I’m going to surprise you.
You might think today’s post is about my latest heart-throbbing find, the four vintage, Chippendale chairs I recently discovered in the garage of a local antique dealer. And how happy it felt to finally cross them off my “wish” list because you won’t believe how long I’ve been waiting to find these chairs!
But today’s post is NOT about these cool additions to my home. It’s actually about the topic of waiting and doing without something, which is sort of about decorating and sort of about happiness.
And I’m curious about you.
What kind of decorator are you?
Are you one of those driven people that tackles one room-at-a-time, and hits all the stores and plows through all the catalogs and doesn’t stop until the very last picture is hanging in that one empty spot? And your room is completely done?
… someone who likes to collect your pieces like I do… slowly, over time. Sure, some of it is budget, and about being a thrifty shopper. But mostly it’s about your personality, and enjoying the thrill of a good hunt.
Maybe you’re like me, with a wish list you keep somewhere in the back of your mind. And you toss that “thing-you-want,” into the creative stew going on inside your head. And it keeps simmering in there, with the color themes and projects you’re adding and subtracting. And then one day you happen to be walking through a crowded shop or a sunny antique faire, and voila! There it is. Unbelievable. The perfect piece for that one spot in your house, that you’ve been waiting for!
Just like these two Chippendale chairs at the end of my dining table.
Ahhh…how exhilarating does that feel?
Recently, I read an interview with Rachel Ashwell, the creator of Shabby Chic, who said that one of her pet peeves is, “people being too quick to complete the decorating process.” That’s because she likes to surround herself with meaningful pieces that reflect who she is, and things she absolutely loves, that accumulate over time.
And while I see her point, I would never call it a pet peeve. Because everyone’s different, and they should do what feels right for them. Personally, I’m happy for you. If you want to call in a professional and complete your room in thirty days, great.
But here’s the old happiness question. It’s something I thought about when I read, I Shop Less When I Blog Less over at Postmodern Hostess.
Is there always that one-more-thing you need to buy, or one more thing you have to be, before you can be content?
What happens after you rush around like a mad woman buying all your coordinating furnishings and artwork and even books, to fill up your new bookshelves, and the whole room is completed. Whew, done.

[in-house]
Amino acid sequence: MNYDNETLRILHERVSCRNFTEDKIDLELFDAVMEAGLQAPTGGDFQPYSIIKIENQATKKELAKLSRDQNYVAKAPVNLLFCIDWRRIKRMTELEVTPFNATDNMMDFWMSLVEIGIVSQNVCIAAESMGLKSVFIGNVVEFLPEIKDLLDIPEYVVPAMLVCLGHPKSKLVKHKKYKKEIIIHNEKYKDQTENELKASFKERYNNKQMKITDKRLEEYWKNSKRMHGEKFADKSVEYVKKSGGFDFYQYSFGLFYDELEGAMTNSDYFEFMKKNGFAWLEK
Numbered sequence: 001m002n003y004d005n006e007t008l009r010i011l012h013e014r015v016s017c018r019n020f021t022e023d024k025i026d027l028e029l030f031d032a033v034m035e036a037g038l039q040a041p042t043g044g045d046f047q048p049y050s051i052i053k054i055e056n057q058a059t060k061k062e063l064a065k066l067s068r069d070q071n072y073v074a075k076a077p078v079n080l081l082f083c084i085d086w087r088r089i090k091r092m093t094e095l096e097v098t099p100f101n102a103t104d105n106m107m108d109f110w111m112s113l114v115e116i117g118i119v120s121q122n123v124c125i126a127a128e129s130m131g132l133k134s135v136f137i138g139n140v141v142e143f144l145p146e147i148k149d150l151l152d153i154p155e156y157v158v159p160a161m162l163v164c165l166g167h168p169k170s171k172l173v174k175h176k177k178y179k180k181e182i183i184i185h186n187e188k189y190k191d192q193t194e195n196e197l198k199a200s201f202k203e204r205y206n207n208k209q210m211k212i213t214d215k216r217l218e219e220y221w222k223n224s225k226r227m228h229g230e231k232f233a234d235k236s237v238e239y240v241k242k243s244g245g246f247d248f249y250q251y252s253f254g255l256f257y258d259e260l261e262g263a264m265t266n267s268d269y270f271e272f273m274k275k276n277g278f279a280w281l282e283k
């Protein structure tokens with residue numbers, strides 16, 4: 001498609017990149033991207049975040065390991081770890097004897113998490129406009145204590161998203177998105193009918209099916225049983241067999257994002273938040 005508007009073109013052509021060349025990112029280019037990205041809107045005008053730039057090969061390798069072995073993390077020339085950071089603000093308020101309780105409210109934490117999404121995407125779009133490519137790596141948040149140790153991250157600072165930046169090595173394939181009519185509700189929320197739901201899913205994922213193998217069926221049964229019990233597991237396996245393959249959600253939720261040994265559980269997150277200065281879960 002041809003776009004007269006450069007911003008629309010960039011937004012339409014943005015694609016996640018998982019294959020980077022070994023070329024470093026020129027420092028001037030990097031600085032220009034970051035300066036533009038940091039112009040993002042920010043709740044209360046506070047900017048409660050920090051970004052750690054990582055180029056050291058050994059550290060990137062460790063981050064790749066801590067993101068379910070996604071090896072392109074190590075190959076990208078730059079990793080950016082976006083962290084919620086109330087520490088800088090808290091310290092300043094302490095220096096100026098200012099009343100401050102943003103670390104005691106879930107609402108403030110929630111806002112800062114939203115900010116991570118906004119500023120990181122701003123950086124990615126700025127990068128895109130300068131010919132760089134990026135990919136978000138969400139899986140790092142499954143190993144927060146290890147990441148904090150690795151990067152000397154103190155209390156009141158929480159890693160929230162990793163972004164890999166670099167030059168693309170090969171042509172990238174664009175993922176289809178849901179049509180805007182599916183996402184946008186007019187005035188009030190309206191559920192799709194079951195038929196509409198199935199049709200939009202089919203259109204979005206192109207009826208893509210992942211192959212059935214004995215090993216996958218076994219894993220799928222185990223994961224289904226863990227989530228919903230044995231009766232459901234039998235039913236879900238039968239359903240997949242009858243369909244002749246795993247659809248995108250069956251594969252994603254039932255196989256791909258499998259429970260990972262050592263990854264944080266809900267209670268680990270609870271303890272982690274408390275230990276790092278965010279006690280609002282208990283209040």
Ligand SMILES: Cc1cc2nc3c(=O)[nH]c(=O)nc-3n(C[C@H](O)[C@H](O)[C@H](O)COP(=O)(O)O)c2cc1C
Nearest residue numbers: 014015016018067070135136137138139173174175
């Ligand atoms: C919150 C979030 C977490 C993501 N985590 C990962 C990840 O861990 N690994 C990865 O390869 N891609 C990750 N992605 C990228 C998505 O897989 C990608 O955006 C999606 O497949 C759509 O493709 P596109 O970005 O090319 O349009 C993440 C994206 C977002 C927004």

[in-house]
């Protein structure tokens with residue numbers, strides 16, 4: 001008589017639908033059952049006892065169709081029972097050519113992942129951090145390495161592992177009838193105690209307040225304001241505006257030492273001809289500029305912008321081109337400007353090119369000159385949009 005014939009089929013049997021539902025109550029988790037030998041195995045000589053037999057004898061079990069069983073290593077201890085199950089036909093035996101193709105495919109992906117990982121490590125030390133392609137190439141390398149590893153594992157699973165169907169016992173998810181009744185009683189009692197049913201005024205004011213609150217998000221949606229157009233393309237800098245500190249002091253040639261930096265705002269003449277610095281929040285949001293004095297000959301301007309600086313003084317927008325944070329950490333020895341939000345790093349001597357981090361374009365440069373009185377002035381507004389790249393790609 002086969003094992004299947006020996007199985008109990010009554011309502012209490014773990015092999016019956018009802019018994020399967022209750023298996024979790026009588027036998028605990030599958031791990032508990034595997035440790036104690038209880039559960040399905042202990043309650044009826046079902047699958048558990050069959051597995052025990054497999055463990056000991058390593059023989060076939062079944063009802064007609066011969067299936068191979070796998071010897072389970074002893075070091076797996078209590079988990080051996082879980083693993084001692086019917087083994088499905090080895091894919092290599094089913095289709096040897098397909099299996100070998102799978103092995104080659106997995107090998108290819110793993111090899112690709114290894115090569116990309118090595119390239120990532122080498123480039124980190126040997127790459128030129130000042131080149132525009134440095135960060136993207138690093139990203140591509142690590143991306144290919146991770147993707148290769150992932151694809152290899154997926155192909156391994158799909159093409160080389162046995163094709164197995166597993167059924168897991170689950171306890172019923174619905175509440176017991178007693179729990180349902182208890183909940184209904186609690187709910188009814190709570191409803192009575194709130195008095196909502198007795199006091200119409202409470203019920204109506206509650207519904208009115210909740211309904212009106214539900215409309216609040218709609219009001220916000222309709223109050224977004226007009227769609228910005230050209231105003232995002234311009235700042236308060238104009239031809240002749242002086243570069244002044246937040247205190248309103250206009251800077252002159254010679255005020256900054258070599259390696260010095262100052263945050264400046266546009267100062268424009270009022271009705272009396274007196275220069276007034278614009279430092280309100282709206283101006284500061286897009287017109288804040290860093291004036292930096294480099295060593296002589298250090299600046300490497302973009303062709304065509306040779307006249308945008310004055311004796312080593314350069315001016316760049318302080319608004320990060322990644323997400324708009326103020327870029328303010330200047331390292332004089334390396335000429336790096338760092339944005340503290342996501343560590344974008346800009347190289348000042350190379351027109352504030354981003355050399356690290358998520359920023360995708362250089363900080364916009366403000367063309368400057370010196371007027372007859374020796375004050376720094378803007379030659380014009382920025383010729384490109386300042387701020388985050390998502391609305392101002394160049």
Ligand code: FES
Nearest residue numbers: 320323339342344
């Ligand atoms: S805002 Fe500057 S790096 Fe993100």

How do you feel when you stop?
Take me for instance. I’m always on-the-look-out for something, and for a long time, it happened to be a couple Chippendale chairs. And in my mind, my dining set always felt a bit unfinished without them.
Only here’s the question I need to ask myself, as a DIYer and as a person: “Is is OK for my house-room-project to be unfinished, even unattractive for awhile? Or—does it make me feel too uncomfortable, imperfect?
Because, there’s nothing wrong with wanting things, it’s the relationship we have with our things that becomes a slippery slope.
Does that make sense? Because…
It’s when you don’t have that One thing you want….
and you can still say, “I like myself and I feel happy right now, even though my house isn’t done, or I haven’t lost my weight yet, or found a job that I really love; it’s when you can still be happy, even when there are empty spots in your life, just waiting to be filled …
That’s what’s important
Waiting and going without something we want, is hard. It requires that we be OK in our own skin. But it can also help us grow.
Now. Back to these darn chairs. And yes, I realize I could’ve bought them brand new, and ended the whole waiting thing, But personally, I prefer old, slightly scuffed-up chairs, that I stumble on at a great price.
Objects that I still need to paint white.
Maybe. I think (Decisions, decisions).
In the meantime, isn’t it funny how home decorating is a lot like Life?
The process of creating a home teaches us how to deal with the uncomfortable parts of living, of wanting things and waiting for them, and that yucky feeling of incompleteness. .
And it keeps us asking the right questions about our possessions.
Today, you have it all. I really hope you enjoy it .
p.s. You can read about my latest (unfinished) foyer project right HERE…. the good news, it’s almost done. ..
I’ll be linking up at these parties: